I'm not completly sure. If I was to portray Jesus in a film, I would aim not to present Jesus as relevant if it were to compromise who He really was or His mission. But then again it comes back to the question of how you are portraying His humanity and Divinity. Should I show Him through the eyes of His disciples, or through the eyes of tax collectors or those standing by?
Without a firm conviction and more questions than suggestions, I would probably portray Him as others saw Him, a man, yet fulfilling His divine mission throughout His ministry. Without trying to get fancy with video techniques, I would show His Divinity expressed through His humanity as his mission is carried out through the eyes of different witnesses. Beyond that my thoughts are consumed with questions.

paul tan

I would aim to portray the humanity of Jesus, the film being set in the cultural context of the historical narrative. Although this may decrease the inherent distance between the potrayal of Christ in the film and that of the Bible, I believe that it could open up greater dialogue as to the issues that surround the controversy and scandel of the Jesus who is both fully divine and fully human.

I would choose an actor to play the role of Jesus who is middle eastern in appearance, and many of the scenes and screen shots of the film would be quite physical, aiming to bring out the roughness of the of the times, not to mention the trade of a carpenter.

The Jesus I would aim to portray would be an emotional Jesus, willing to show the full spectrum of emotions from ecstatic joy and boisterous laughter, to deep, mellow sadness, to white hot fury. He would be a character who not only emotionally reacts to situations but responds in ways that convey deep-seated emotion.


i would probably portay Jesus Symbolically only to give me the freedom to explore Jesus's humanity more than divinity and how his surrounding culture responds to him and his i makes the film much moe interesting i believe

i really enjoyed Jesus of Montreal so i would not go with the typical middle eastern appearance but let the audience question how Jesus would be treated in another culture and context but with the same loving nature and wisdom...and maybe change his profession (comedian?)that would raise questions..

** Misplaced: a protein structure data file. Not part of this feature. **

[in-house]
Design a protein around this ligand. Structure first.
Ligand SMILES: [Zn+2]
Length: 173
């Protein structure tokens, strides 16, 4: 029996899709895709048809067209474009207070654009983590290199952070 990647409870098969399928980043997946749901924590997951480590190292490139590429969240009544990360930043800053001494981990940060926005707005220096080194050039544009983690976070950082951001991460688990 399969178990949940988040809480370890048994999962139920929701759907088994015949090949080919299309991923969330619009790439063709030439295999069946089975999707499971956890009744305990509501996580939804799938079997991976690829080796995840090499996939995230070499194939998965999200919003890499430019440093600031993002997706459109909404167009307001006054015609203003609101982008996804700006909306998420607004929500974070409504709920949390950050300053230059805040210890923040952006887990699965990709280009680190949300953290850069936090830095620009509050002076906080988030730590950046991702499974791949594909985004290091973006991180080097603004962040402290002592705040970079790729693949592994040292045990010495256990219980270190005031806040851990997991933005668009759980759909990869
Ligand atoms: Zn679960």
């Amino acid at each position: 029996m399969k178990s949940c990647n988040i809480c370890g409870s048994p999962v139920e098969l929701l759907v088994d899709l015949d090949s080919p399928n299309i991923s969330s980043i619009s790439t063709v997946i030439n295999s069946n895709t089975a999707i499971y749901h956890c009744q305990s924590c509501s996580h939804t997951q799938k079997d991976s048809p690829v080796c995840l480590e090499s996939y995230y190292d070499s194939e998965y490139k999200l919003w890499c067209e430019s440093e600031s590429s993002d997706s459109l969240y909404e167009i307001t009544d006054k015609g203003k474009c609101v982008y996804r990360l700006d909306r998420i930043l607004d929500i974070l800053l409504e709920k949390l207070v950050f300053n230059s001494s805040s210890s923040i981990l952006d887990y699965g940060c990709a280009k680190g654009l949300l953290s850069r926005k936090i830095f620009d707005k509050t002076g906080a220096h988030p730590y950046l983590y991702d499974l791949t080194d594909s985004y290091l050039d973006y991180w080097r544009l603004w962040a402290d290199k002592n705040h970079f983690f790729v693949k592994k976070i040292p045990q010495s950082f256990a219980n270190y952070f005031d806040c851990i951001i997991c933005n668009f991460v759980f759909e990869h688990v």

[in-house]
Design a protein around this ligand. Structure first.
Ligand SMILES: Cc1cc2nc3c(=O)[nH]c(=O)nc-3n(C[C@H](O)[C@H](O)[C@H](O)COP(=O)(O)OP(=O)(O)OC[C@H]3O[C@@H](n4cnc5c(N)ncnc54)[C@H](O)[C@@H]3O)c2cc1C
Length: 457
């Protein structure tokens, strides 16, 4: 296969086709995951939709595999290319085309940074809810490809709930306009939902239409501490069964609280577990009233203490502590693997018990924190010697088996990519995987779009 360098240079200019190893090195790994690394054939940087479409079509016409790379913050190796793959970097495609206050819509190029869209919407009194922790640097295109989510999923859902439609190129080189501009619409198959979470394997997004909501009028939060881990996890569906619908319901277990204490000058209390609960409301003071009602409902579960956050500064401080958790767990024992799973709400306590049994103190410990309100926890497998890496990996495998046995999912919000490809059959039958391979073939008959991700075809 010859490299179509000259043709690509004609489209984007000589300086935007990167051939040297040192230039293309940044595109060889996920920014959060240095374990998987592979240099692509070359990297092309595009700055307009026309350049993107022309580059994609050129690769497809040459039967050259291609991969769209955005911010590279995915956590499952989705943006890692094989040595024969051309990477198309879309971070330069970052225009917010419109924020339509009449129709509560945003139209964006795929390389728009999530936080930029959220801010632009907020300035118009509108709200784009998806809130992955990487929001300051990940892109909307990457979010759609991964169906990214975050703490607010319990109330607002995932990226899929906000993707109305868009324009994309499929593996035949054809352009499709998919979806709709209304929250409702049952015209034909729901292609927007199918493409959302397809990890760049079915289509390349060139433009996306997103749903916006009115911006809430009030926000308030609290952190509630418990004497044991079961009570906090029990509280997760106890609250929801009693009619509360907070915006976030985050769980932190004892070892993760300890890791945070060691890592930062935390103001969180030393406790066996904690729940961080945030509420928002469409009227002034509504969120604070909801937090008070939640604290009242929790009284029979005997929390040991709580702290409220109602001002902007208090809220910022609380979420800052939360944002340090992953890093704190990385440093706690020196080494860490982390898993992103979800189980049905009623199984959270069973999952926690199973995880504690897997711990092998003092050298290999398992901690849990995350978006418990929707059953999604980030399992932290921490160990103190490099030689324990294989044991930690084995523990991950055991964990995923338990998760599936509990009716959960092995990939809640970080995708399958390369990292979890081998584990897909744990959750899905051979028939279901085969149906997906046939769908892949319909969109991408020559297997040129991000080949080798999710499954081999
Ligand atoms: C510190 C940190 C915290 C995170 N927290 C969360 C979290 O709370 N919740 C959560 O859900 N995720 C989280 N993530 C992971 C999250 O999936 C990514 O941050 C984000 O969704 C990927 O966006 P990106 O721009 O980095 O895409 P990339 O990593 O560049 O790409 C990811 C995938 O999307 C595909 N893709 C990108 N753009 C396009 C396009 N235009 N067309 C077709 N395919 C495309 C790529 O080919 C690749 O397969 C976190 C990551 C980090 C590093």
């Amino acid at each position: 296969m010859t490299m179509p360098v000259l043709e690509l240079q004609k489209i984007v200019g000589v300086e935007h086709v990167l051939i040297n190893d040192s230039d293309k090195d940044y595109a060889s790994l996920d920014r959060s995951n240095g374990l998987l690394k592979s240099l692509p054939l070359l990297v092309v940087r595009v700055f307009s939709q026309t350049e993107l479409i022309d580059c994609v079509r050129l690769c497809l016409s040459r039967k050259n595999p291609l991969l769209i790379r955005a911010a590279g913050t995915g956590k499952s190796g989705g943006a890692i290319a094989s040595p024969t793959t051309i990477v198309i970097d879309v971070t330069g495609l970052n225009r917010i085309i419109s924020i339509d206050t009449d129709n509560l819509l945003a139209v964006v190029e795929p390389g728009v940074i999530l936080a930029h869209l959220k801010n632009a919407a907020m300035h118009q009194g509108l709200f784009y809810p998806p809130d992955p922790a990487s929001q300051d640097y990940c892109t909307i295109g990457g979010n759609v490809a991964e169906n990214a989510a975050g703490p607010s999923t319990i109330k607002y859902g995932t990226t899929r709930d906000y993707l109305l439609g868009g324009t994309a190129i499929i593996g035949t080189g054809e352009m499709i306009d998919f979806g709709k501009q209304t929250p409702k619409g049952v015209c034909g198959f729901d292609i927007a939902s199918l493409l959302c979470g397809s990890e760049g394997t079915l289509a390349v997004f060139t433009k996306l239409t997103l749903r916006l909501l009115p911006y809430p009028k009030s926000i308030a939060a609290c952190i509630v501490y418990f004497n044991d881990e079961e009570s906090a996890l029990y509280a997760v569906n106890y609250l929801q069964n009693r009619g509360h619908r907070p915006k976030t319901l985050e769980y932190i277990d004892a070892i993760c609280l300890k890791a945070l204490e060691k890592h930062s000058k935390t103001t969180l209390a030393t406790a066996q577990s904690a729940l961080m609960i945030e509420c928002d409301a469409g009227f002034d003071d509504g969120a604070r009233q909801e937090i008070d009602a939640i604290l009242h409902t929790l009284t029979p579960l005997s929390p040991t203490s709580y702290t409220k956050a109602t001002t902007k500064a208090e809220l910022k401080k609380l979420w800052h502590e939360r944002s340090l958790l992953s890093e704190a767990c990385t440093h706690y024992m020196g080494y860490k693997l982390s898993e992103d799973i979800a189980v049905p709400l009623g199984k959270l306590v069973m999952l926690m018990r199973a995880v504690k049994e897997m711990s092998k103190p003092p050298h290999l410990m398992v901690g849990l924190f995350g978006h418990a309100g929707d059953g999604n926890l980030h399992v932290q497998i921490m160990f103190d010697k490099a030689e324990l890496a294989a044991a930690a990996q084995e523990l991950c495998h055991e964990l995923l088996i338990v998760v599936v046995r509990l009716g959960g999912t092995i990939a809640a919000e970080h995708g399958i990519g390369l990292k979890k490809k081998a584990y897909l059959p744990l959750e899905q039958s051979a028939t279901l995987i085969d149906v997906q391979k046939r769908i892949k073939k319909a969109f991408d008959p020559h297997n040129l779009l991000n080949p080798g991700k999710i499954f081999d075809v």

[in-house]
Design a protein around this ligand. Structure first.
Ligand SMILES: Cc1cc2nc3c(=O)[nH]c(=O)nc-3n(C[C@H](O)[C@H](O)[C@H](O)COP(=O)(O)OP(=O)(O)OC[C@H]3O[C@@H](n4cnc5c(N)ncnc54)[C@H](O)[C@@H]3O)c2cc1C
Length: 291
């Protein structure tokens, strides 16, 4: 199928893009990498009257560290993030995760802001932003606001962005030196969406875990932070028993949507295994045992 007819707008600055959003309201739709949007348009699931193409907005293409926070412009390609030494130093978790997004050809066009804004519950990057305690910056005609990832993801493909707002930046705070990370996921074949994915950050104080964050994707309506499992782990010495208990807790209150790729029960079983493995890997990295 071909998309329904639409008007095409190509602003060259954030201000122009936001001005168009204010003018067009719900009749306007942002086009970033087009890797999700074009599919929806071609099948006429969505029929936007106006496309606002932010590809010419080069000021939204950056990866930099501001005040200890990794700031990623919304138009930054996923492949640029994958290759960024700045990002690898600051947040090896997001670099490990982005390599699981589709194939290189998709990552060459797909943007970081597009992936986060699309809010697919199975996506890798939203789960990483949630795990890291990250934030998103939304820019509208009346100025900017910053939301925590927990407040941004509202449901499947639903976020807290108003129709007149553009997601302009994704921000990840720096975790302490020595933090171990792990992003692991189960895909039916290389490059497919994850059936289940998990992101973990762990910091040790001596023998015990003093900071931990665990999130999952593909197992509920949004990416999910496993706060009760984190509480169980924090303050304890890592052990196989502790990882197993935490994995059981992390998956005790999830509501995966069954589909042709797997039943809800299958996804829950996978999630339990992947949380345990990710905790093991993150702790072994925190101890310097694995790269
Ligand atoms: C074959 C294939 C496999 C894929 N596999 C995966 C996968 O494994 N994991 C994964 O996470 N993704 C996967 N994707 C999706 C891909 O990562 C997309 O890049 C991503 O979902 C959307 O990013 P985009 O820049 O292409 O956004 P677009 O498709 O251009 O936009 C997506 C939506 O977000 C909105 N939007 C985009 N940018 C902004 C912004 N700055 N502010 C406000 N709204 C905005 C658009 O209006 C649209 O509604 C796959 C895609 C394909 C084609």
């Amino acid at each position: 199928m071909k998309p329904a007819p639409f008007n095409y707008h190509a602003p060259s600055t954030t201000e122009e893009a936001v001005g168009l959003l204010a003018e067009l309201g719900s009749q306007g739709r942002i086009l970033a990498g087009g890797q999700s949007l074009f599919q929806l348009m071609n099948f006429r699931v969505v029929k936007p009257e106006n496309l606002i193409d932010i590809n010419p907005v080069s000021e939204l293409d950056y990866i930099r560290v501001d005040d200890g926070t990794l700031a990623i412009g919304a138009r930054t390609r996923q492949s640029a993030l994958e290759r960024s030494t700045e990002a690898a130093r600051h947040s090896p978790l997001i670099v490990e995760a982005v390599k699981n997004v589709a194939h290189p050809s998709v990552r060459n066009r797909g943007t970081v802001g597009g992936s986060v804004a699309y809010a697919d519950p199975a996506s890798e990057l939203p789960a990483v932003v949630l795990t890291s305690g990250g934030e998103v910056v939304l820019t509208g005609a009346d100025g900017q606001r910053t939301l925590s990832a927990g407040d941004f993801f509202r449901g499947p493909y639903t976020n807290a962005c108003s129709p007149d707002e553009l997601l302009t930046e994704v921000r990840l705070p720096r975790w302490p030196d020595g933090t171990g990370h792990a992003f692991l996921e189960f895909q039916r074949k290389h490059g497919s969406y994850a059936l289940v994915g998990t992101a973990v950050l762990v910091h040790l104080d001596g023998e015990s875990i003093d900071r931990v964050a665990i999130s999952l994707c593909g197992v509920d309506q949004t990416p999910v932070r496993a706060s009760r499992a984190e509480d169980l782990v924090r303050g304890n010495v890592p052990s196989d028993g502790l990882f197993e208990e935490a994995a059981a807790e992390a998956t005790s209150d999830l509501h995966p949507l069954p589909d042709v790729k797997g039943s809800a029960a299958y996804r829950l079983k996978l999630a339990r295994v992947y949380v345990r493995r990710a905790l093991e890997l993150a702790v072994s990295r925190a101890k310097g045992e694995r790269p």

i think having Jesus too emotional would leave room to question if he suffers from Bi polar or maybe emotional unstatableness.
How about a character that understands and yes does leave room to show emotions aswell but more of a character that not only engages with individuals around him by his nature, but also with the audience.

Autumn H

If I were shooting a film about Jesus, one of the most important factors to be considered would be the intended audience of the film. This would affect how the film was shot, the elements that were emphasized throughout the film. I think it is important as previously said in other comments to portray both his humanity and his deity. I love films that include Jesus as a joyful Jesus, and portray him as a normal human being capable of intelligent normal conversation. I would attempt to make him as relatable as possible, as normal as possible, while at the same time visibly portraying his abstinence from all sin... his miracles, etc. Having said this, there will always be a difference with "Jesus" films as opposed to other films - as he was not just a human person... how can someone adequately shoot a film about Jesus? There has never been a human being capable of fully understanding or knowing him - therefore any film is based upon the individual's view and faith and perception of Jesus - and that in and of itself will be glaringly different for each person, and that is what makes shooting a film of Jesus very difficult. There is also the difficulty of time/writings. we have a limited writing regarding the physical/natural settings of when and where Jesus lived, and thus many of the details are left up to the creativity of the producer of the film.